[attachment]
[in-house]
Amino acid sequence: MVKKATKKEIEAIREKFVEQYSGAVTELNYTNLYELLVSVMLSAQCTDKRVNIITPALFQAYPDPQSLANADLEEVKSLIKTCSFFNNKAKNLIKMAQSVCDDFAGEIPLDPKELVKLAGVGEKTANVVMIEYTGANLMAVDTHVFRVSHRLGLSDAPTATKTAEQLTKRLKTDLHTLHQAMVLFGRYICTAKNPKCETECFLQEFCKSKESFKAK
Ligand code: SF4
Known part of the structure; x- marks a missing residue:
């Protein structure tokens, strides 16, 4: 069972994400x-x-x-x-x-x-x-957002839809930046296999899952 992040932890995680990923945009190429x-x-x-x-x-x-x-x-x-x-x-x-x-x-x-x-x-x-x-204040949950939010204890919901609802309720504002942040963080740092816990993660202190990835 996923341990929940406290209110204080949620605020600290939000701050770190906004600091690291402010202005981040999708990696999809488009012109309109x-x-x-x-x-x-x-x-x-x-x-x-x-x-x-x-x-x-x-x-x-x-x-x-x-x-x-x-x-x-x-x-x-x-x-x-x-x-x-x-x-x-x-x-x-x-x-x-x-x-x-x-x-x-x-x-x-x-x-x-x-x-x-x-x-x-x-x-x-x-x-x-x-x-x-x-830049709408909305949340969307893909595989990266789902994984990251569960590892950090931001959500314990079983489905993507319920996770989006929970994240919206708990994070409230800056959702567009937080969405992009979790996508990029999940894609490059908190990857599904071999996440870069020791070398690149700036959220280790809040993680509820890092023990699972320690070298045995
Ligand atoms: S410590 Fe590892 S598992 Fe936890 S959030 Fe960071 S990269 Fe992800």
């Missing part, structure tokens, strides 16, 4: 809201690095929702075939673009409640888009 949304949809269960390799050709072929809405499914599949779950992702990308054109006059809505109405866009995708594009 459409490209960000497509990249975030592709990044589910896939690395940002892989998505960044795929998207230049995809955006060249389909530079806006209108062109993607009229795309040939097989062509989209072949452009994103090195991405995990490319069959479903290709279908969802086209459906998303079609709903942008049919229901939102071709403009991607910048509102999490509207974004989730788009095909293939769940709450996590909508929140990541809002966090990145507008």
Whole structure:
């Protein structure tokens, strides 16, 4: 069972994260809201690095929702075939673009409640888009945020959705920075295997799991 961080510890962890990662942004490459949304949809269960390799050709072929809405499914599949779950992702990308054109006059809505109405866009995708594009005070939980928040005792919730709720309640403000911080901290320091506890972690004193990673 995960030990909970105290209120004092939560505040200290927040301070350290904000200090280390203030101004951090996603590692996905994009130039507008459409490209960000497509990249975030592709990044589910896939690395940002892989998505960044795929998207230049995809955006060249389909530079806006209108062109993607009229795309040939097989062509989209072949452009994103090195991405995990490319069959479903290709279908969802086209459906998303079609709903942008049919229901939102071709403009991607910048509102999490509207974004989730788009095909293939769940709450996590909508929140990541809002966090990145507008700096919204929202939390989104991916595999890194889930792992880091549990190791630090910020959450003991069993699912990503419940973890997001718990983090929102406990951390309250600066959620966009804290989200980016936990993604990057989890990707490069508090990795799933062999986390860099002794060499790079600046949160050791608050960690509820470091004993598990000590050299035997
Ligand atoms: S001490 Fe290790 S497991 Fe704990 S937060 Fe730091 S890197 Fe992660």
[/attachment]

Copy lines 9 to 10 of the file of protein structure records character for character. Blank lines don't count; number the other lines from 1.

């Protein structure tokens, strides 16, 4: 069972994260809201690095929702075939673009409640888009945020959705920075295997799991 961080510890962890990662942004490459949304949809269960390799050709072929809405499914599949779950992702990308054109006059809505109405866009995708594009005070939980928040005792919730709720309640403000911080901290320091506890972690004193990673 995960030990909970105290209120004092939560505040200290927040301070350290904000200090280390203030101004951090996603590692996905994009130039507008459409490209960000497509990249975030592709990044589910896939690395940002892989998505960044795929998207230049995809955006060249389909530079806006209108062109993607009229795309040939097989062509989209072949452009994103090195991405995990490319069959479903290709279908969802086209459906998303079609709903942008049919229901939102071709403009991607910048509102999490509207974004989730788009095909293939769940709450996590909508929140990541809002966090990145507008700096919204929202939390989104991916595999890194889930792992880091549990190791630090910020959450003991069993699912990503419940973890997001718990983090929102406990951390309250600066959620966009804290989200980016936990993604990057989890990707490069508090990795799933062999986390860099002794060499790079600046949160050791608050960690509820470091004993598990000590050299035997
Ligand atoms: S001490 Fe290790 S497991 Fe704990 S937060 Fe730091 S890197 Fe992660």